Jonathan Kuminga turned childhood annoyance into Warriors highlights

Jonathan Kuminga turned childhood annoyance into Warriors highlights

LAS VEGAS — Growing up in the Democratic Republic of the Congo, Jonathan Kuminga first started playing basketball at 2 years old, even though soccer is the country’s most popular sport. To friends and family, it probably looked like Kuminga’s dream was to one day be an Olympic high jumper, not an NBA player.

Kuminga comes from a tall family. His brother, Joel Ntambwe, is a 6-foot-9 forward who played college basketball at Texas Tech and UNLV, and even was on the Warriors’ summer league roster. Full of energy, Kuminga was the kid who didn’t walk, he ran. Really, he jumped.

Or at least he tried to.

“I was never bouncy, I was just a tall kid,” Kuminga said to NBC Sports Bay Area on the latest episode of Dubs Talk in an interview during the Las Vegas Summer League. “My friends used to be like, ‘Why are you so annoying? Why do you keep jumping so much?’ I was just like, ‘I’m just trying to work on my jumping, that’s it.'”

The work paid off, too. How early? At the ripe age of 12 years old.

That’s when Kuminga dunked a basketball the first time.

He was no longer the human pogo stick getting on the nerves of friends and elders alike. Kuminga had a vision. What started as trying to leap and reach anything in his sight turned into grabbing rim and throwing down dunks.

It didn’t hurt being able to have bragging rights and throwing that in the face of his friends either.

“After a couple years, I became bouncier and I started dunking,” Kuminga remembers. “And I was 12, so it was surprising. I was like, ‘Man, now you see why I always want to jump and do these certain things.’ “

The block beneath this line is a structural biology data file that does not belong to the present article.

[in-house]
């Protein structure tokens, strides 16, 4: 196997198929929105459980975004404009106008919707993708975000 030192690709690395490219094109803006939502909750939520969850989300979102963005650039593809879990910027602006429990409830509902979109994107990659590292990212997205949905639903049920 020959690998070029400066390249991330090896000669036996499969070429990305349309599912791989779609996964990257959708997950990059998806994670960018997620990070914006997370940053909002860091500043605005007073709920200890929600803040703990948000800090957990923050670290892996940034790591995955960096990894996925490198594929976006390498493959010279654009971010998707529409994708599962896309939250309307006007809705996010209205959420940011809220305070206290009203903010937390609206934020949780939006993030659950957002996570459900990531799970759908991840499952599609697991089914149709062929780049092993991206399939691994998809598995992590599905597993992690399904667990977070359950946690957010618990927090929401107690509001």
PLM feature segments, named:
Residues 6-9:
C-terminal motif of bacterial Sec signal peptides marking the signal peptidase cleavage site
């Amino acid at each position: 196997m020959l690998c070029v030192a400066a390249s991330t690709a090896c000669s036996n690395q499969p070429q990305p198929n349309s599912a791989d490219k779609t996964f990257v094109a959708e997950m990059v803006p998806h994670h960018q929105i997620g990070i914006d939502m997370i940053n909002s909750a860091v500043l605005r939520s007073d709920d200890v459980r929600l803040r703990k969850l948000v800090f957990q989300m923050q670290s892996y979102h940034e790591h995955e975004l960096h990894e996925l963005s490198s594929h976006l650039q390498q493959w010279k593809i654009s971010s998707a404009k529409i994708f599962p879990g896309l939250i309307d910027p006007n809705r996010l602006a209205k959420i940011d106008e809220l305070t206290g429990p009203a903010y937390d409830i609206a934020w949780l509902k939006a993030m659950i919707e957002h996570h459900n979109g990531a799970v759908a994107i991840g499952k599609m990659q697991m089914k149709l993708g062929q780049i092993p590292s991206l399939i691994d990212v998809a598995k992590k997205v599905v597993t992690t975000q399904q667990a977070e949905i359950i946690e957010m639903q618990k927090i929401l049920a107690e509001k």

Kuminga’s athleticism and leaping ability is a big reason why he was a top recruit throughout his three years in high school. That part of his game caught the attention of every major college coach in the country, garnering scholarship offers from Duke, Michigan, Memphis, Texas Tech and countless other big-time programs.

The Warriors fell in love with Kuminga’s personality before the 2021 NBA Draft. Don’t get it twisted, though — they were enamored with his physical gifts before making him the No. 7 pick in the draft. His natural athletic traits have never been questioned.

What was in question was his maturity, ability to shoot the ball and just how long it would take for him to tap into his superstar potential. Some of those questions still persist after his rookie season.

Still only 19 years old and listed at 6-foot-8 with a 6-foot-11 wingspan and an effortless 38-inch vertical leap, Kuminga put together a highlight reel of dunks last season. In 70 regular-season games, 12 starts, Kuminga threw down 74 dunks. That ranked second on the Warriors, behind only Kevon Looney, who had nine more regular-season dunks than Kuminga.

Looney played 12 more games than him and nearly 600 more minutes in the regular season.

Though he doesn’t have a personal favorite slam from last season, one sticks out to Kuminga for the moment and his reaction. All he could do was smile, just as he usually does with all his poster dunks.

“I really don’t have any celebration. I’m gonna work on it for my next season, my second year in the league,” Kuminga says. “If I do something crazy, I just start smiling. I think I had a dunk against Dallas and the camera really zoomed in on me and I was just smiling.

RELATED: Steph goes bonkers with campers after sweet reverse alley-oop jam

“I’m just surprised by anything I do.”

Steph Curry’s “Night Night” celebration hasn’t only taken basketball by storm, but also the entire sports world. Gary Payton II’s head scratching dunk celebration was subtly perfect and a favorite of Dub Nation. What kind of celebration could Kuminga have up his sleeve?

Like the rest of his game, and like he tried telling his friends growing up, we’ll have to wait and see. Don’t miss the show in the meantime.

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